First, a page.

Wednesday, September 16, 2009

I don't want to join the Labour Party

In April 2007 I joined Fujitsu-Siemens Computers, a company owned 50-50 by Fujitsu and Siemens (surprise, surprise). Last year, Siemens sold its 50% stake to Fujitsu and since then the company I joined has been merging with Fujitsu UK. (For reasons that don't matter here, it's been a fairly complex process.)

On July 22nd, I received an email from the trade union Unite, which it appears was sent to every employee of the old Fujitsu Siemens Computer company. It invited me to join Unite and attached a two page brochure explaining the benefits.

Now of course, you may be for or against trade unions in general or Unite in particular. I'm not trying to persuade you either way in this blog.

However, I was interested to read in the Independent recently that Unite gave £15m to the Labour Party last year. That's about £7 for every member of Unite. It's donated regardless of the political preference of the members.

To me this seems that joining Unite is equivalent to becoming a disenfranchised member of the Labour Party. I pay the money, but I don't get to vote on Labour Party policy (or anything else). Why would I want to do that, even if I were a Labour supporter? For that matter, who says that Labour is the best party for employed people? When Labour came to power in 1997, unemployment was rapidly shrinking. After 12 years of Labour rule, unemployment is rapidly rising and is higher than at any time since 1995.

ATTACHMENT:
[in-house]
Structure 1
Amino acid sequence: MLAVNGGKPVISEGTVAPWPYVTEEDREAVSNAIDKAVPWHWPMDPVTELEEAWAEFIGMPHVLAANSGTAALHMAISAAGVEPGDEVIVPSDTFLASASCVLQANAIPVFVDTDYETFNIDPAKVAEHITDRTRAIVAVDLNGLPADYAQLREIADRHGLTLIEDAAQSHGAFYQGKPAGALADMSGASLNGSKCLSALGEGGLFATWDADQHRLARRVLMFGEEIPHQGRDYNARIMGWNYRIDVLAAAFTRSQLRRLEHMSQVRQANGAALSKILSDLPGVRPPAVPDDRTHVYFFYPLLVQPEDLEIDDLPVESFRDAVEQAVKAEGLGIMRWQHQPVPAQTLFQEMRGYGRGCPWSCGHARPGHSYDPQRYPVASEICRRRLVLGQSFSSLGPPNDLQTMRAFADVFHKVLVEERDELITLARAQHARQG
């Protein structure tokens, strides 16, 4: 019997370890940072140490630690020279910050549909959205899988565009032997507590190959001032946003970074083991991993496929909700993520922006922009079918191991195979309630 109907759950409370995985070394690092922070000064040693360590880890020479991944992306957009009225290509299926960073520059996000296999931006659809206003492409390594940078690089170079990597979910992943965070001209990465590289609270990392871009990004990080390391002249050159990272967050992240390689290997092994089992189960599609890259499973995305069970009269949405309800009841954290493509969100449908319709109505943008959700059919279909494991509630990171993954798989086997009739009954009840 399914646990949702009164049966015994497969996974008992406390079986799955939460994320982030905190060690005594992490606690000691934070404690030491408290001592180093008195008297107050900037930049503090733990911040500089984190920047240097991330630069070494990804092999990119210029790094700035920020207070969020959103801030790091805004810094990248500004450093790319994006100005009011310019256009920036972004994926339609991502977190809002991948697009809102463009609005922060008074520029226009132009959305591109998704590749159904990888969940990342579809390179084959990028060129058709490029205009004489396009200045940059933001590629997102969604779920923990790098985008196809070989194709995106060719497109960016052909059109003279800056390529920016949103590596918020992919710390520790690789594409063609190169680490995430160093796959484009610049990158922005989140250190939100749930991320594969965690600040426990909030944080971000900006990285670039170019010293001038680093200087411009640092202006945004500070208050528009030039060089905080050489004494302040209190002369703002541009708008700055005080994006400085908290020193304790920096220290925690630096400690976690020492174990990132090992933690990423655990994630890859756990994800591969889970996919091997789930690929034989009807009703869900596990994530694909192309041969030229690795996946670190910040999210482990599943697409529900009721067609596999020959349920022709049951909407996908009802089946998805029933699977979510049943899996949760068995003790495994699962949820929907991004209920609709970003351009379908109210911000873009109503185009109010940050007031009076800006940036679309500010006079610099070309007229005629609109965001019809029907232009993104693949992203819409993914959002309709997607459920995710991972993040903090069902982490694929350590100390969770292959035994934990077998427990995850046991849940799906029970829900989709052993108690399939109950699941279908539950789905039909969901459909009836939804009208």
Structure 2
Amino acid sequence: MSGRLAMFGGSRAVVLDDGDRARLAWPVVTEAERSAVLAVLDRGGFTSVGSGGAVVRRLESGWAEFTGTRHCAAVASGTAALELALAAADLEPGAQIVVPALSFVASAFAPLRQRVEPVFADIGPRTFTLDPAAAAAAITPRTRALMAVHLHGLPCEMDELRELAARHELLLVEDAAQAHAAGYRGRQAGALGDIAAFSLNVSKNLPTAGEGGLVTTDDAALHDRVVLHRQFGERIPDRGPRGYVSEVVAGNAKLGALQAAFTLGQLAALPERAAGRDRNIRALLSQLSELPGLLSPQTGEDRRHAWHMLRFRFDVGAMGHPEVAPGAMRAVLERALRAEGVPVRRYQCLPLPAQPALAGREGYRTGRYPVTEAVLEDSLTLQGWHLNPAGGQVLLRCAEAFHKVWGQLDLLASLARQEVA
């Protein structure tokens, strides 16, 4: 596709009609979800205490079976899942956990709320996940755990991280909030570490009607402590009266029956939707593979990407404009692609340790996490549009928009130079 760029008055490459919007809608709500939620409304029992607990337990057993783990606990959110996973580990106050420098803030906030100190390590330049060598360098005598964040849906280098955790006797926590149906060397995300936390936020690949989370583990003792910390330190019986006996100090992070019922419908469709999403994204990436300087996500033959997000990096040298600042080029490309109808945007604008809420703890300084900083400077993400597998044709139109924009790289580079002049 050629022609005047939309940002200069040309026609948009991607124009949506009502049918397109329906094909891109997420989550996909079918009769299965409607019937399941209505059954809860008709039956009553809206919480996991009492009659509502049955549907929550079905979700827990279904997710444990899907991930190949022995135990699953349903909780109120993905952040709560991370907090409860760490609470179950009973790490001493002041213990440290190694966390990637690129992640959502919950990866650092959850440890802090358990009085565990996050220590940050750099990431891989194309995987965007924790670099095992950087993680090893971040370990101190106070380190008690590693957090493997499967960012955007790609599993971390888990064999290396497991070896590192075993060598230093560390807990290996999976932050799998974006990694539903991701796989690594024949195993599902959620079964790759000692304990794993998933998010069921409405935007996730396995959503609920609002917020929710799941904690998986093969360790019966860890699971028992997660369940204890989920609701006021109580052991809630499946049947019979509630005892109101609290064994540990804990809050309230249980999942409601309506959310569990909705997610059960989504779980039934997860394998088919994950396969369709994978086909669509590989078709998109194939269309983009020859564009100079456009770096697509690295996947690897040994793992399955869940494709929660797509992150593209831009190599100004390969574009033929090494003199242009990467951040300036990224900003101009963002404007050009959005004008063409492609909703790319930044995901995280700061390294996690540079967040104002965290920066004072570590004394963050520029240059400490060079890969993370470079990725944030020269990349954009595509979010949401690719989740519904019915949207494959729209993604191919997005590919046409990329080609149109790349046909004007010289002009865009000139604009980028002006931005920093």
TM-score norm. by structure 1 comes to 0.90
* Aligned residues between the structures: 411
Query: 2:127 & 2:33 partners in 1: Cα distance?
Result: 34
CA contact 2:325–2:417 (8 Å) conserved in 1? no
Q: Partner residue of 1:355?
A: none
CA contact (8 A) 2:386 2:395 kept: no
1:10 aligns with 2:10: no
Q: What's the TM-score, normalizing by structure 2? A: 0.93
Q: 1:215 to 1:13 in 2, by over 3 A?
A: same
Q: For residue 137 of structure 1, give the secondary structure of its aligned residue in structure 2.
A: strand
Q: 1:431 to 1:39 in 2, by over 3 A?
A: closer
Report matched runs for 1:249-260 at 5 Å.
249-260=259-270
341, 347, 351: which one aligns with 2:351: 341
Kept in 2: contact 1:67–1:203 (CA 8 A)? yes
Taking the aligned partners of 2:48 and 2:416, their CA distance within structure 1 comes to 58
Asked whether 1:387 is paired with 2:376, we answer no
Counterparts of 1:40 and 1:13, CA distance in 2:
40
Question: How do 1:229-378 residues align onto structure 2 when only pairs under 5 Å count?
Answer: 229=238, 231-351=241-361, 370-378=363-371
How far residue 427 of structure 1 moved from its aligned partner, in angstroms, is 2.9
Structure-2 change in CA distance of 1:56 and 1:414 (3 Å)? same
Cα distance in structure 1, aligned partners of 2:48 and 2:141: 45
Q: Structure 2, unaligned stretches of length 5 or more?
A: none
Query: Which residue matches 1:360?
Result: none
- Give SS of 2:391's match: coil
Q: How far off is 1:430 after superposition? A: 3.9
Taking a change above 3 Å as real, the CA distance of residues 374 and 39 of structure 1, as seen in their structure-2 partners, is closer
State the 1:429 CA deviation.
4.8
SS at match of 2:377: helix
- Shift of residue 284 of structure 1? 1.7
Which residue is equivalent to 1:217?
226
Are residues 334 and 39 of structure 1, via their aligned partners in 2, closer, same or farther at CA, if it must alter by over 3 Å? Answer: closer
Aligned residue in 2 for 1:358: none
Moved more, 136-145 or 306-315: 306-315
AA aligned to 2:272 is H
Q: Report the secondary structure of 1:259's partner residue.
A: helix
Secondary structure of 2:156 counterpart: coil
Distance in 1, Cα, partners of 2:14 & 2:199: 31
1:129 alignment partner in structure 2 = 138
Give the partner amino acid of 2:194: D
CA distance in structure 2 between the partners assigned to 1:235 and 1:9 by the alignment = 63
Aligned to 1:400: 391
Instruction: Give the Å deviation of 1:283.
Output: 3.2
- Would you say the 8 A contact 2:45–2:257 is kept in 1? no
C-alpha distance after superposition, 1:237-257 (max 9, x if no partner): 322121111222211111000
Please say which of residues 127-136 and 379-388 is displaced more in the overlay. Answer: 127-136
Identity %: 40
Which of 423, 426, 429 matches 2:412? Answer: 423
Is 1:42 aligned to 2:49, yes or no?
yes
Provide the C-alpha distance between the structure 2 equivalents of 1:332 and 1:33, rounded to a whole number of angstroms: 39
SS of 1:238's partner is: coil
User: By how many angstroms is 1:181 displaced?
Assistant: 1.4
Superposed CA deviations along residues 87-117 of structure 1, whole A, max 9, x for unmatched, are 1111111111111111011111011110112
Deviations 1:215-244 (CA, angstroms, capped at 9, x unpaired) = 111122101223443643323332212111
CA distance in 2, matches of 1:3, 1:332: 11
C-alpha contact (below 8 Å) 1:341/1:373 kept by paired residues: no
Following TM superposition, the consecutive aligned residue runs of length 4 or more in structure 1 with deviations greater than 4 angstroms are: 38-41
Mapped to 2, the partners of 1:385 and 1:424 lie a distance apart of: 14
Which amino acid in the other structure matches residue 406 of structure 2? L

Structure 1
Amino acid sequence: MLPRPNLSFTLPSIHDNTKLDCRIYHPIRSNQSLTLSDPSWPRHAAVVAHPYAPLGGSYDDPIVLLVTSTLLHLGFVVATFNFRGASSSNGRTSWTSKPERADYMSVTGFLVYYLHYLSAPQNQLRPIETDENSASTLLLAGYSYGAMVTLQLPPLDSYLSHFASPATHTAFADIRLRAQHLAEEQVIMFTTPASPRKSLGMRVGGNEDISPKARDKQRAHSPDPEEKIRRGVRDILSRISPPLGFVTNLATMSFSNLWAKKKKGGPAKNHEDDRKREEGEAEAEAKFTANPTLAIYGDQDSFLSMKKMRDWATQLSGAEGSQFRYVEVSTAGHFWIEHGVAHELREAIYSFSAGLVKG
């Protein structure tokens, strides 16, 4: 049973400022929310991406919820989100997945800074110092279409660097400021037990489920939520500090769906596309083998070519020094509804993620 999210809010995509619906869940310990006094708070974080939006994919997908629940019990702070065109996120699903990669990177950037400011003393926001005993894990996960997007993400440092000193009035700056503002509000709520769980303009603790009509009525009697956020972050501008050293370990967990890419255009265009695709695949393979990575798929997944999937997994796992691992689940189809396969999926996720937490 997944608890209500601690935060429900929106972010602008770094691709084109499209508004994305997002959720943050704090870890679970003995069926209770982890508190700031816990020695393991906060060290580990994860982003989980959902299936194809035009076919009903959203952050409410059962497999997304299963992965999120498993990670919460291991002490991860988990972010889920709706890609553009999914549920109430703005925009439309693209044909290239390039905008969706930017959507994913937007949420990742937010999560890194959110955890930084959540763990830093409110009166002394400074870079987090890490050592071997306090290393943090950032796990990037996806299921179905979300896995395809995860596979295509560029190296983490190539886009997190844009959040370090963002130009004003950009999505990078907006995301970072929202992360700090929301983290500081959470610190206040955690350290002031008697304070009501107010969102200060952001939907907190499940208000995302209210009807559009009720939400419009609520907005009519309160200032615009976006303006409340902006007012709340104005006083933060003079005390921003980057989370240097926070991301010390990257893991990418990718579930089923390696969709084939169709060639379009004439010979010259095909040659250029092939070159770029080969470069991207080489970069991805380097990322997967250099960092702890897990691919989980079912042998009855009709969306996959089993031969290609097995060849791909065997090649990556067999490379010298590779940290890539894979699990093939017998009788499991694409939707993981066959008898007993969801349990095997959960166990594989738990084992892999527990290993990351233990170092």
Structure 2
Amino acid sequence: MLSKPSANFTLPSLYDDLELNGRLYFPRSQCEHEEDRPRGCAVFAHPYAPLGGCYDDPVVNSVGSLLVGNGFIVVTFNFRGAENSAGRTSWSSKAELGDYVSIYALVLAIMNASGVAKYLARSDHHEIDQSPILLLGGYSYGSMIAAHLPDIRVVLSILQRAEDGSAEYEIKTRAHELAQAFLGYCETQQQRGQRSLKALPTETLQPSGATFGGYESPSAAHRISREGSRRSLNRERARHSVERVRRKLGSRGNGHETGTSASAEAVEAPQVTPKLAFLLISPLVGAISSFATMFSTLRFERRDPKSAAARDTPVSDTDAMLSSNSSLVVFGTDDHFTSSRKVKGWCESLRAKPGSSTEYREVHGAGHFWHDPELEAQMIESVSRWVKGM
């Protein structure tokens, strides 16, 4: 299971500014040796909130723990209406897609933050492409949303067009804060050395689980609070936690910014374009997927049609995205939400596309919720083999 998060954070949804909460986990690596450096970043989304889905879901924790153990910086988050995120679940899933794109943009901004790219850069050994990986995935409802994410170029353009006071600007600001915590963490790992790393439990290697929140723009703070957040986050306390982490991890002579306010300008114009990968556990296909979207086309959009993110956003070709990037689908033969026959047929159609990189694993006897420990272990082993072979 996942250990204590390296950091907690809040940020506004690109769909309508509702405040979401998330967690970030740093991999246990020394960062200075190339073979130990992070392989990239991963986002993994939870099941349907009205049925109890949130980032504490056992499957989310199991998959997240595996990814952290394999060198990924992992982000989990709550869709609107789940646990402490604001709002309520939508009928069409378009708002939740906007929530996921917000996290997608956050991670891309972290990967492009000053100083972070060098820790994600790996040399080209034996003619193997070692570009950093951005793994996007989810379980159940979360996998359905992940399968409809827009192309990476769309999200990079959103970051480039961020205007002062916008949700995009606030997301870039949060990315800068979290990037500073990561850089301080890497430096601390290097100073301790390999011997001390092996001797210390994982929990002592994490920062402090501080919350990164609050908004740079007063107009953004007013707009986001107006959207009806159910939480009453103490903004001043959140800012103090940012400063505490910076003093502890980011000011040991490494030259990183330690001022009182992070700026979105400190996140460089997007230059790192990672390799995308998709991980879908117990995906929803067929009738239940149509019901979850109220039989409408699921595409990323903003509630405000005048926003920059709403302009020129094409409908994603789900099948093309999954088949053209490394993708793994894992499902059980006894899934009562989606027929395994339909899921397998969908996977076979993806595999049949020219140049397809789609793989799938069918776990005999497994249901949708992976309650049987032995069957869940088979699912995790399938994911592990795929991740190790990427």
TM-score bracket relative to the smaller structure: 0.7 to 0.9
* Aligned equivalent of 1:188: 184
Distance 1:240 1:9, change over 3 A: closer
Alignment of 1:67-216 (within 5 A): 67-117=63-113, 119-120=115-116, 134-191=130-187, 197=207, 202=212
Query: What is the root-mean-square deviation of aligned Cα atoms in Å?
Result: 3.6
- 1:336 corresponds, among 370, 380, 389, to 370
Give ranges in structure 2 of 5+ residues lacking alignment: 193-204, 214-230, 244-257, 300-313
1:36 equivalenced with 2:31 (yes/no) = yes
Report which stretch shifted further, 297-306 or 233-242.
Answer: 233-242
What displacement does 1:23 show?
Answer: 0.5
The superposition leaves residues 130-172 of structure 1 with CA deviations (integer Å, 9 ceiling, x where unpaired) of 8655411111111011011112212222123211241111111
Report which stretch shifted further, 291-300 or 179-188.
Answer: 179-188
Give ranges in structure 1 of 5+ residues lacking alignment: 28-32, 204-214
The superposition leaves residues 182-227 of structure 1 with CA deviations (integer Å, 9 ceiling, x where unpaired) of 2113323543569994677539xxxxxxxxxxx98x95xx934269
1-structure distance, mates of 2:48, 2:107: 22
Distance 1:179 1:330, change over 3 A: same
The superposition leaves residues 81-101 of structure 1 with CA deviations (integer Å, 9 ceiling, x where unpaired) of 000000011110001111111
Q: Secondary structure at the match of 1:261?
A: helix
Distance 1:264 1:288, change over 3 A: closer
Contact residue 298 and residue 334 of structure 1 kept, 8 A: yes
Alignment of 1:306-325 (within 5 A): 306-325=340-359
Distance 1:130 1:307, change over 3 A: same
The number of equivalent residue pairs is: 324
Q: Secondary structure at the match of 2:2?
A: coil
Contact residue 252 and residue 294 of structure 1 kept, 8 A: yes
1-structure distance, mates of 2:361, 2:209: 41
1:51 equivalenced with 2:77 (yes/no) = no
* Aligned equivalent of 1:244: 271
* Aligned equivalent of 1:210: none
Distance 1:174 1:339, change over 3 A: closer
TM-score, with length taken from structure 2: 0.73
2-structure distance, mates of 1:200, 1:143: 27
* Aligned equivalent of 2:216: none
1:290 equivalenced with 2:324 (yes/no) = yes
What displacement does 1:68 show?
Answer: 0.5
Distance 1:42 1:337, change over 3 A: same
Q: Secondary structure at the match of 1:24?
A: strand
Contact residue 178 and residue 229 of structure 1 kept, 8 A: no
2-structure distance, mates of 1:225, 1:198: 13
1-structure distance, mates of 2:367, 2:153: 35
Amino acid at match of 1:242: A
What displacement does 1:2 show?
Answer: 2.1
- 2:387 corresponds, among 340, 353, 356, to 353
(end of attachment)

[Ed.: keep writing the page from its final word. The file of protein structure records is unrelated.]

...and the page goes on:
I've asked Unite to justify their stance. I'll let you know what I hear.


Anthony said...

The current increasing unemployment, I believe, is due to the recession. Unless you're arguing the GLOBAL economic recession wouldn't have occurred under the conservatives, then your comparison of 1997 and 2009 seems to need further elaboration.

Stuart said...


Repeat after me: It all started in America, it all started in America...

Sean Haffey said...

I think you'll find it's more complicated than that. (original statement from Ben Goldacre)

There is a worldwide recession. However, by most measures the UK is substantially worse off than other developed nations.

Arash said...

[Health & Sanity Warning: This is not a serious post.]

Of course the government has been good for employed people. The minimum wage has gone up (oh yes, and there is now a minimum wage). It's just a shame there are now less employed people around to enjoy the benefits!

Craig said...

The credit crunch seems a bit irrelevant to this. That aside, the argument seems reasonable. Forcing people to associate their union membership with a particular party in the UK in the 21st century is concerning.

But if most union members resented the association, what stops them from simply voting it down?

Sean Haffey said...

In fact, it's self defeating: only about 20% of my company belong.

FYI: I'm still awaiting an answer to my question to Unite.

Colin said...

Why don't you write and ask unite if they could channel your political levy to another party, like, for instance the Tories?